This is an LP, compiled in 1987 as a follow up to a previous LP produced by RTE of favourite records of Tommy O’Brien from his programme ‘Your Choice and Mine’ Tommy O’Brien 1905 – 1988 was a celebrated radio broadcaster and one of the countries’ greatest authorities on classical music and opera. He was educated in Clonmel followed by a Scholarship to the Ring College in Co. Waterford. His first job was as a junior reporter for the Clonmel Chronicle, followed by a move to the Nationalist in the 1930’s. He became Editor of the Nationalist in 1940, a position he held until 1953. His introduction to broadcasting came in the 1940’s, with a piece written by him on Clonmel. His natural method of presentation led to more radio work, his opening line was always, “Good Evening, Listeners”. His programme was called “Tommy O’Brien and his Music”, until 1968, when the format was changed to half his choice and half listeners requests. This programme was called “Your Choice and Mine” and ran until the early 1980’s. Tommy was also All Ireland billiard champion at one stage. He also did his bit in achieving Irish Independence as he was a messenger scout in the old IRA and he knew Sean Treacy!

—————————————————————————————————

Bowman on Sunday  -Listen   4 minutes in to  Tommy O’Brien http://www.rte.ie/radio/utils/radioplayer/rteradioweb.html#!rii=b9%5F10847253%5F67%5F11%2D03%2D2018%5F

Last Week Bowman on Sunday   18 minutes from the Beginning of The Recording

http://www.rte.ie/radio/utils/radioplayer/rteradioweb.html#!rii=b9%5F10843984%5F67%5F04%2D03%2D2018%5F

As a child I listened to Tommy O’Brien (Opera), Din-Joe (Traditional Music and Music Hall), Ciarán Mac Mathúna (Traditional Irish music and Sean Nós singing) on the Battery Powered Radio on the Comeraghs Over Clonmel!!!

Tommy O’Brien Bought His First Gramaphone in Clonmel and it Changed his Life!!
“Your Choice and Mine-Good Evening Listeners”
Click on the lInk Below or Post it into your Browser and listen
Bowman Sunday 8.30

IN MEMORY OF TOMMY O’BRIEN, Journalist, Opera Lover and Broadcaster

New Stanza V(a) by Paddy Healy  in The Two Travellers with Apologies to CJ BOLAND

THE TWO TRAVELLERS

CJ Boland

I

“All over the world”, the traveller said,

“In my peregrination’s I’ve been;

And there’s nothing remarkable, living or dead,

 But these eyes of mine have seen.

From the land of the ape and the marmoset,

To the tents of the Fellaheen”

Said the other, “ I’ll lay you an even bet 

You were never in Farranalleen.”

                                             II

“I’ve hunted in woods near Seringapatam,

And sailed in the Polar Seas,

I fished for a week in the Gulf of Siam

And lunched on the Chersonese.

I’ve lived in the valleys of fair Cashmere,

Under Himalay’s snowy ridge.”

Then the other impatiently said ,”See here ,

Were you ever at Laffan’s Bridge?”

                                   111

“I’ve lived in the land where tobacco is grown,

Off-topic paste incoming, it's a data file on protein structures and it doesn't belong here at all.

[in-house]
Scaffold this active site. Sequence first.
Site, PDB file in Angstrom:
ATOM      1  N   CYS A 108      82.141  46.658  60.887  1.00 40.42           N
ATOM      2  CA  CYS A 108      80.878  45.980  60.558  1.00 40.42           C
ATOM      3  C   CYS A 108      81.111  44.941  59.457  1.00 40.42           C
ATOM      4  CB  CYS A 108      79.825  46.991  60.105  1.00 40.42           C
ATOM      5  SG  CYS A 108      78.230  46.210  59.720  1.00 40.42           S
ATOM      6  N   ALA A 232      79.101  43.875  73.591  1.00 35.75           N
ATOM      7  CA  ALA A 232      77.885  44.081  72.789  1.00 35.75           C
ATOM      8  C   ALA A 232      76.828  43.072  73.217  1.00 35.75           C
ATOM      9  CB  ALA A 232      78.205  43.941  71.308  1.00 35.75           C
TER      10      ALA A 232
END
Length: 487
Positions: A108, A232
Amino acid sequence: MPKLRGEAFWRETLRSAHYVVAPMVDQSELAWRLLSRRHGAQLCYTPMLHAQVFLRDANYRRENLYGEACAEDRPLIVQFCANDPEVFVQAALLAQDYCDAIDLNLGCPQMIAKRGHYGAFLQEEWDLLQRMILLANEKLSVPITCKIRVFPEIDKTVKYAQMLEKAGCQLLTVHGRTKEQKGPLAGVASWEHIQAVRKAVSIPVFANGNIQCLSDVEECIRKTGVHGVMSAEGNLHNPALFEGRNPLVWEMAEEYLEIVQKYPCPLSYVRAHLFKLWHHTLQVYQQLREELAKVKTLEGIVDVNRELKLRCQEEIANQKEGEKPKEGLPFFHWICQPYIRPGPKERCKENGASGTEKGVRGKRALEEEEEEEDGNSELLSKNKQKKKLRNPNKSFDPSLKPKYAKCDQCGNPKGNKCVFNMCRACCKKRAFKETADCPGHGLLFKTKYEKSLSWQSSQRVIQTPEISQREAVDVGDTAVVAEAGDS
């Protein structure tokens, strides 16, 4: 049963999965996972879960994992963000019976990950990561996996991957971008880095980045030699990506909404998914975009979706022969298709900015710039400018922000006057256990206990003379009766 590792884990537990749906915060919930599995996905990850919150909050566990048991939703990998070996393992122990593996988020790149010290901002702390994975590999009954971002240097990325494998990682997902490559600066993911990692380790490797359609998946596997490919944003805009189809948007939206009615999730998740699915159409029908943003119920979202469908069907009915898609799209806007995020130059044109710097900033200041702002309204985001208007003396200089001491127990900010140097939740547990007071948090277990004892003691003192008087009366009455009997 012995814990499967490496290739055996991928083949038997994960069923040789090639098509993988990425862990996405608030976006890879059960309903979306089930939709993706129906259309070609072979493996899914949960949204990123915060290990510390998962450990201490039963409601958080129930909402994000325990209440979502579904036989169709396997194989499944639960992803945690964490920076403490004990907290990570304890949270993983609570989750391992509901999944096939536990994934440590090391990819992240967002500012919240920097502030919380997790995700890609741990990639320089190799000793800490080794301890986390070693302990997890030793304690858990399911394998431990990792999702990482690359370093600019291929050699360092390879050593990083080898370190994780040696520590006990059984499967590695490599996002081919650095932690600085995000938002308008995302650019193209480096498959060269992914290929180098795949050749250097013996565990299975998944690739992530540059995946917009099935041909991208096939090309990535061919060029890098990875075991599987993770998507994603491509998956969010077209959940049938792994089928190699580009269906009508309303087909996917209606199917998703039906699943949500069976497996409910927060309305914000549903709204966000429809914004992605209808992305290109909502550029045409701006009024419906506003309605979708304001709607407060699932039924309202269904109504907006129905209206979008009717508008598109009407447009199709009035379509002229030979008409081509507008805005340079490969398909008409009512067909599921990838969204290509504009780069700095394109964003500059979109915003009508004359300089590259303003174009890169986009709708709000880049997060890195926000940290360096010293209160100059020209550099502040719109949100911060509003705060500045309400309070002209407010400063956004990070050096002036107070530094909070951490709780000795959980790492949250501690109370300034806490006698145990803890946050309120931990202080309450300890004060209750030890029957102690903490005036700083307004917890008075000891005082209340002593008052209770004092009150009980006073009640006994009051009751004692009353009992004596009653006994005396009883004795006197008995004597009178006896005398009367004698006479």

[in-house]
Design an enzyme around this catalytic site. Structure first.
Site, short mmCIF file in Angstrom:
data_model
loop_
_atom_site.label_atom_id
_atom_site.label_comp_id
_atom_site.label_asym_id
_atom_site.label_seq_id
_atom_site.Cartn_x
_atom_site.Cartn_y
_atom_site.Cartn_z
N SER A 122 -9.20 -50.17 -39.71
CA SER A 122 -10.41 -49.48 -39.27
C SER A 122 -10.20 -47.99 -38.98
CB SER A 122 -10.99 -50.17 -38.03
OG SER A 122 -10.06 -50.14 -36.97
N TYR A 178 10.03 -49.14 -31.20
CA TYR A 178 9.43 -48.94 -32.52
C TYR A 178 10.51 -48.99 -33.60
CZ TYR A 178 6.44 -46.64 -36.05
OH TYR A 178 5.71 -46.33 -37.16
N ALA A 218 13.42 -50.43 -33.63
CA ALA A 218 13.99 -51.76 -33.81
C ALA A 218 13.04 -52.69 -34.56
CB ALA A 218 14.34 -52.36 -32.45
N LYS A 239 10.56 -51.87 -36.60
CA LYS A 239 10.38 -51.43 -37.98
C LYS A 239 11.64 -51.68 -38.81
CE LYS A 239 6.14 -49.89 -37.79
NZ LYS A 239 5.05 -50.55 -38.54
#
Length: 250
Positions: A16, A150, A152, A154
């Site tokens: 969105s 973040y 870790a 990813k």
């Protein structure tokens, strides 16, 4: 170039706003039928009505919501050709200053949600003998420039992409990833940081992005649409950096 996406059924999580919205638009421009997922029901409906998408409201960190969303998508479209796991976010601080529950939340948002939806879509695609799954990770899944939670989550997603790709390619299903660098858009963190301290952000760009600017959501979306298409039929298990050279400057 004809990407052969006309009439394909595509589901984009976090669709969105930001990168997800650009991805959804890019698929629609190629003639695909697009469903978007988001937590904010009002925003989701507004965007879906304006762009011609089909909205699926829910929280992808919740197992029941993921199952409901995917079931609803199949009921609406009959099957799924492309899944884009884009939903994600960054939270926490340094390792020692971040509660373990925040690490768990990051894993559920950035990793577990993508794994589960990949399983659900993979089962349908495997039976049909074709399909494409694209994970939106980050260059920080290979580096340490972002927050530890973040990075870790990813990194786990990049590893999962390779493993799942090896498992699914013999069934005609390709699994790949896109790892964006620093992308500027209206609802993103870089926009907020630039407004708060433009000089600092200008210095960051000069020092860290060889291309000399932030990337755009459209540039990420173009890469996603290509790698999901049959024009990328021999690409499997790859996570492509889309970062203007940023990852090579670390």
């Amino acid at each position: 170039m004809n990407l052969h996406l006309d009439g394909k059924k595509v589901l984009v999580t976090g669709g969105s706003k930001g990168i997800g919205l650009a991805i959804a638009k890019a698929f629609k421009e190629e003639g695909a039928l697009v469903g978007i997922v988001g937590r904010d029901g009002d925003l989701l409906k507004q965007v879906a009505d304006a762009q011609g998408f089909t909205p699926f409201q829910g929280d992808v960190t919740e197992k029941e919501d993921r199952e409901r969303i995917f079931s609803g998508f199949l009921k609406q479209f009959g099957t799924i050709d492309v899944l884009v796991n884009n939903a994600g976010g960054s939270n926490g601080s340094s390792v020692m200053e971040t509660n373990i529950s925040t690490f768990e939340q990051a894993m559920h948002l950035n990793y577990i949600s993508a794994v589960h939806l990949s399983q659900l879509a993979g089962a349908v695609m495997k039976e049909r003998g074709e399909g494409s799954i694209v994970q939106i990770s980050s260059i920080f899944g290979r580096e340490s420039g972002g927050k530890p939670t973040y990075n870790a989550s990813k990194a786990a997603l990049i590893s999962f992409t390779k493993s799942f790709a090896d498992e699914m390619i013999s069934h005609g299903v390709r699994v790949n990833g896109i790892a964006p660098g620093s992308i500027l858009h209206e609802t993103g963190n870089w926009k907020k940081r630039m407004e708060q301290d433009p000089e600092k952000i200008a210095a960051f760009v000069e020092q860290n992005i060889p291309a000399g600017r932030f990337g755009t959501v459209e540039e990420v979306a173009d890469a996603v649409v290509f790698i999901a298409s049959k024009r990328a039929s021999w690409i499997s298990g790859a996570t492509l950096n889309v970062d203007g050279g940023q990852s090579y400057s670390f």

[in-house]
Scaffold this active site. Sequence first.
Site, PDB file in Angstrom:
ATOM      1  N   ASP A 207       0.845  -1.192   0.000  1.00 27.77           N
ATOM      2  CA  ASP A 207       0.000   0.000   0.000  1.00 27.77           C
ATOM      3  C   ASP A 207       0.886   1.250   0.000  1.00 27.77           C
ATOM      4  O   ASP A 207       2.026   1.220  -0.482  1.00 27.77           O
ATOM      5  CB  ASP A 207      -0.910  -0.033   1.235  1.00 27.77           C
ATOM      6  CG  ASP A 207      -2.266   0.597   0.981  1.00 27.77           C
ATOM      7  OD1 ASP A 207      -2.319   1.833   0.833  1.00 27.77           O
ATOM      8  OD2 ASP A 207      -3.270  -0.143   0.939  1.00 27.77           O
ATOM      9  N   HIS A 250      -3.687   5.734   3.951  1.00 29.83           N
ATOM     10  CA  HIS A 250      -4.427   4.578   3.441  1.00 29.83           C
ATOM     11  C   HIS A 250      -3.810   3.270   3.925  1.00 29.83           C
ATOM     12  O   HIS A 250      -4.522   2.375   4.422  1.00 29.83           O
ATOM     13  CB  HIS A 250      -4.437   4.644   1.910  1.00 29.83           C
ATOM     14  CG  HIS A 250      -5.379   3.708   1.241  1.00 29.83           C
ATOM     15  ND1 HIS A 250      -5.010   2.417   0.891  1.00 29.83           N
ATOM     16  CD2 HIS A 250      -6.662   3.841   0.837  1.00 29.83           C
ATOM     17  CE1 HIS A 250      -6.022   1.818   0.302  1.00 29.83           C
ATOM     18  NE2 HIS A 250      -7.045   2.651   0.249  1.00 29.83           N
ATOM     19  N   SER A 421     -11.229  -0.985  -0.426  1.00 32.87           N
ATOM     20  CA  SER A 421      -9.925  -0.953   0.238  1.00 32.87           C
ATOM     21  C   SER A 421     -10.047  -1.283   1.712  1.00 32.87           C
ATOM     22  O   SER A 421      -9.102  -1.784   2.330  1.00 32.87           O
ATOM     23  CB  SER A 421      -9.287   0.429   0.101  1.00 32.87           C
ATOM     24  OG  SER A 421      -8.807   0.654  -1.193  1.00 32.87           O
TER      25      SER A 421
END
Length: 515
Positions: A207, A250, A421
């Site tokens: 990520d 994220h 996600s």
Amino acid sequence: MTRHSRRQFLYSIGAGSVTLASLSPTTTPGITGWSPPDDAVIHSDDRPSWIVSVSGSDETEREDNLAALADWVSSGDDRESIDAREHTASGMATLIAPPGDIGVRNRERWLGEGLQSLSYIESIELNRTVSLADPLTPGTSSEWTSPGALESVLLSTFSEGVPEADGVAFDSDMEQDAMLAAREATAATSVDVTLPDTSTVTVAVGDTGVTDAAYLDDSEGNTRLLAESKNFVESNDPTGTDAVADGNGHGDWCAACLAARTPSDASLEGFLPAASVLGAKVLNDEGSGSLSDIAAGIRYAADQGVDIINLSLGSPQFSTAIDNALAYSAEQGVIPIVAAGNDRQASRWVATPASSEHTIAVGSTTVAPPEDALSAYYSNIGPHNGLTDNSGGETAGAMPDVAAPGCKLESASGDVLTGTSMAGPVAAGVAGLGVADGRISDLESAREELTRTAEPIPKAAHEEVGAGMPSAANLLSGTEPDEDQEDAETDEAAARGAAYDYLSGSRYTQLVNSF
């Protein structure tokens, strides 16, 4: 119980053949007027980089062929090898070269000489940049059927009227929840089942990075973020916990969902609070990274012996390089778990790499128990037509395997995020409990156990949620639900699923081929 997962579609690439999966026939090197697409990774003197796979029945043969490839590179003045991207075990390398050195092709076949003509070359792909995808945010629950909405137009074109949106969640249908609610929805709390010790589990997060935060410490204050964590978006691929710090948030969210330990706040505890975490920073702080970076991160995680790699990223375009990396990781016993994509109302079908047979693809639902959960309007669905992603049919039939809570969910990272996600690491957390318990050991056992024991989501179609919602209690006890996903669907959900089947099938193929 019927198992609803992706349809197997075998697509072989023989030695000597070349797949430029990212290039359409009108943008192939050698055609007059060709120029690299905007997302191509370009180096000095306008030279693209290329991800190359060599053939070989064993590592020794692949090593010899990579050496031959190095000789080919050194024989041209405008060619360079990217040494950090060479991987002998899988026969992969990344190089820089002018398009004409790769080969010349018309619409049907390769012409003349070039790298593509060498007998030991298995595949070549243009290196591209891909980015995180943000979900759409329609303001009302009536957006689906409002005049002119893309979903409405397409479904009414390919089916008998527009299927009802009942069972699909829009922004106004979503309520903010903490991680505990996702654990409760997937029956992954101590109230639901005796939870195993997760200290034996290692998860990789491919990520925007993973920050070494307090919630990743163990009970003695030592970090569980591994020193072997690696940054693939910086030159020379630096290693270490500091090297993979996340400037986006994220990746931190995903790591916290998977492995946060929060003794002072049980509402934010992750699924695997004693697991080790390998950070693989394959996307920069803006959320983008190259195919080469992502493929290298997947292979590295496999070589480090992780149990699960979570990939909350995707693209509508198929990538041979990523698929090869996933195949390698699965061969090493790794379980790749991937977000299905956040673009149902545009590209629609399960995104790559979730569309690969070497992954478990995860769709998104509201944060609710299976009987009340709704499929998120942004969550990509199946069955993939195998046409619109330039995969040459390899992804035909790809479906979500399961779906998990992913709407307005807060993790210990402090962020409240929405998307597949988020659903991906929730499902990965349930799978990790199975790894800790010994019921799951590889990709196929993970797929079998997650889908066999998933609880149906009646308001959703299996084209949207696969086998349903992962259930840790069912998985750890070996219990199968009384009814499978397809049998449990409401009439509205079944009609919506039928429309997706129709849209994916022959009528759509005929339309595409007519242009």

In the surburbs of Santiago;

And I spent two years in Sierra Leone,

And one in Del Fuego.

I walked across Panama all in a day,

Ah me! But the road was rocky.”

The other replied , “Will you kindly say, 

Were you ever at Horse -and – Jockey?”

                                 I V

“I’ve borne my part in a savage fray,

When I got this wound from a Lascar;

We were bound just then from Mandalay

For the Island of Madagascar,

Ah! The sun never tired of shining there,

And the trees canaries sang in,”

“What of that?” said the other, “sure I’ve a pair, 

And there’s lots of them in Drangan.”

                                     V

“And I’ve hunted the tigers in Turkestan,

In Australia the kangaroos;

And I lived six months as medicine man

To a tribe of the Kathmandoos.

And I’ve stood on the scene of Olympic games,

Where the Grecians showed their paces,”

The other replied, “ Now tell me, James, 

Were you ever at Fethard Races?”

                                       V(a)

( In Memory of Tommy O’Brien-Paddy Healy) 

I’ve heard Callas at La Scala, Pavarotti at the Met

In Prague for Giovanni, heard Mozart’s famed Duet

I’ve heard Verdi at Verona,

Quaffed Wagner by the Rhine,

Come here said the other,

Did you ever listen to Tommy O’Brien?

                            VI

“Don’t talk of your hunting in Yucatan,

Or your fishing off St. Helena;

I’d rather see young fellows hunting the ‘wren’

In the hedges of Tobberaheena.

No doubt the scenes of a Swiss Canton

Have a passable sort of charm

Give me a sunset on Slievnamon 

From the head at Hackett’s Farm.

                              VII

“And I’d rather be strolling along the quay,

And watching the river flow,

Than growing tea with the cute Chinee,

Or mining in Mexico.

 And I wouldn’t much care for Sierra Leone,

If I hadn’t seen Killenaule,

And the man that was never in Mullinahone

Shouldn’t say he had travelled at all”

C J Boland

ADDENDUM  :

Poem  from Commemorative Plaque to South Tipperary Poet C J Boland on the Quay near Gas House Bridge in Clonmel  about 200 yards from Hotel Minella

C J BOLAND 1892

Do the feeble still venture to toddle,